Maybe it’s because of its skepticism of free-market capitalism. Or its mistrust of anything and everything American. Or its moral compass and philosophical values shaped by more than 2,000 years of civilization.
Whatever the reasons, most European citizens and elected leaders long have been uncomfortable with the idea of paying monetary rewards to whistleblowers. People should report misconduct out of an unblemished sense of righteousness and civic duty – so Europeans say – not because they might profit from it. Paying people for doing the right thing would dilute the gesture and empty it of its selflessness, European ethics prescribe.
Now is the time for Europe to sacrifice an ounce of moral purity in exchange for a pound of societal betterment.
All 27 European Union countries must pass a comprehensive whistleblower protection law by December next year. This is required under new EU legislation – known as a Directive – approved last October. Though the Directive’s protection measures are quite strong, it doesn’t include whistleblower rewards. This is where a new campaign comes in.
Right now, four groups are working together to convince lawmakers in Europe to go beyond the Directive and include monetary rewards in their new national laws. The National Whistleblower Center, the law firm of Kohn, Kohn & Colapinto, Whistleblowing International and the European Center for Whistleblower Rights believe financial compensation will encourage more people to report misconduct and create more success in fighting corruption.
First on the campaign’s list are countries now in the midst of developing new laws: Czech Republic, Finland, Germany, Greece, Ireland, Netherlands, Sweden and – though no longer an EU member – the UK.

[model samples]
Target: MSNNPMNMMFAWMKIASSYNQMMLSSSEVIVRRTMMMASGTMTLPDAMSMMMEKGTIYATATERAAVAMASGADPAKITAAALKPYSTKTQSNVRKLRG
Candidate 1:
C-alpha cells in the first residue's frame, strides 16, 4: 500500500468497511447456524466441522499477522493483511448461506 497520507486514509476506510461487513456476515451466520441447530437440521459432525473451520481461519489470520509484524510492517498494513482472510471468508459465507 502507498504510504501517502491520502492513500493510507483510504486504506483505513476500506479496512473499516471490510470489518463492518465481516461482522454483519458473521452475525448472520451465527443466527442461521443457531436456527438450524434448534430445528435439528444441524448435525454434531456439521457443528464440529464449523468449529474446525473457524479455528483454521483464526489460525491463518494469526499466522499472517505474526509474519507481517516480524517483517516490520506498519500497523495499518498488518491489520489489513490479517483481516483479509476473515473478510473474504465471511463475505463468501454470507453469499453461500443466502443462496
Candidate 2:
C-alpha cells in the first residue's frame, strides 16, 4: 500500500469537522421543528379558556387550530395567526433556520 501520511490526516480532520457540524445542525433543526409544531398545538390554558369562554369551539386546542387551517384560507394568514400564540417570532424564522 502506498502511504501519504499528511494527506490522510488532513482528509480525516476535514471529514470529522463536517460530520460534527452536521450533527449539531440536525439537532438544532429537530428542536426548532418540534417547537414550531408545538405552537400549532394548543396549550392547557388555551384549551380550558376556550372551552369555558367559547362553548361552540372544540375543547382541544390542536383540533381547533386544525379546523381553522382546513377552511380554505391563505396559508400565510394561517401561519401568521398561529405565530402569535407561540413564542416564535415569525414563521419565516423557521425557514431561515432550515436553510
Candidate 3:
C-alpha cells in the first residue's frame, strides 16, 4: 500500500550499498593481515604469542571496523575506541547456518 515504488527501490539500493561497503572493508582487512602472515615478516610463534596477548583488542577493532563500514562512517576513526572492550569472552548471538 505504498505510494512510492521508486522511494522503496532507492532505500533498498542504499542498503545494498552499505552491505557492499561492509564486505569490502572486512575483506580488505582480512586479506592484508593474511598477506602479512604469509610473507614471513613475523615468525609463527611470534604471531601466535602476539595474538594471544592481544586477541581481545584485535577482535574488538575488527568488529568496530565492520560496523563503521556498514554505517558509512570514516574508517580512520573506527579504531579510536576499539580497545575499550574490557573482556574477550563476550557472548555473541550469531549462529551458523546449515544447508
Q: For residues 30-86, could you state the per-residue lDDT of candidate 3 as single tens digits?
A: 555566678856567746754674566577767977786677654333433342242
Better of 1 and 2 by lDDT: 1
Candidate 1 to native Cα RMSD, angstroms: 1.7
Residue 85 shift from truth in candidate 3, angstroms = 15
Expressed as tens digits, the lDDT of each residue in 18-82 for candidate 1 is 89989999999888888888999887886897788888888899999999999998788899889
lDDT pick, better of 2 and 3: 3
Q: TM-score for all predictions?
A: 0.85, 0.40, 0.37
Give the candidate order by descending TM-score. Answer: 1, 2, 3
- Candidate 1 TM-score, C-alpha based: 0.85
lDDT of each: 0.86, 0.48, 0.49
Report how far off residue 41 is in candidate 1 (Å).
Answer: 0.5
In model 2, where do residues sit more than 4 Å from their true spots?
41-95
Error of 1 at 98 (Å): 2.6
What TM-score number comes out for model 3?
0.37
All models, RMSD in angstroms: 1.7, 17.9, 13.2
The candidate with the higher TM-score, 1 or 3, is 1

Compensating people for taking the risk to become a whistleblower might be exactly what’s needed to engender a citizen-based crime-fighting culture in Europe. Notwithstanding high-profile cases such as Lux Leaks and Bradley Birkenfeld, Europe is not a hotbed of whistleblowing. Far from it. Some countries do not officially recognize whistleblowers, many countries have only a few cases per year, reinstatement victories are few and far between, judges routinely rule against bona fide whistleblowers, and hardly any country has passed a whistleblower law that meets Europe’s own standards.
Offering rewards would boost these meager figures and improve this weak performance. This is the campaign’s goal – incentivizing whistleblowing by paying rewards, and then publicizing successful cases, making sure whistleblower laws meaningfully work for the people, holding criminals to account, and growing a whistleblower culture where almost none exists.
Rewards also would attract major financial benefits for European society. A 2019 EU study found that strong whistleblower protections could save €5.8 billion to €9.6 billion per year in the area of public procurement alone. This figure would skyrocket with the introduction of rewards, which significantly increased the number of whistleblower reports in South Korea and the US.
The irony is that Europe – and its political and business leaders – are just as corrupt as any other region in the world. Considering the scale and gravity of recent scandals, one could argue it is the most corrupt: money laundering at Danske Bank, the Volkswagen Dieselgate scam, rampant political corruption in Spain, and systemic bribery by Siemens and Novartis. And just this month, shocking and embarrassing details emerged about German digital payment conglomerate Wirecard, which admitted losing track of €2 billion shortly after publicly boasting its books were ship-shape.
As twinge-worthy as it may be for their sensibilities, Europeans can learn a lot from the US’ many highly successful, time-proven whistleblower reward laws, including the False Claims Act, Foreign Corrupt Practices Act, Act to Prevent Pollution from Ships, and the IRS and SEC whistleblower programs.
Through the campaign, Europeans will understand that successful whistleblowing can reward citizens as well as society. There is value on both ends of the equation.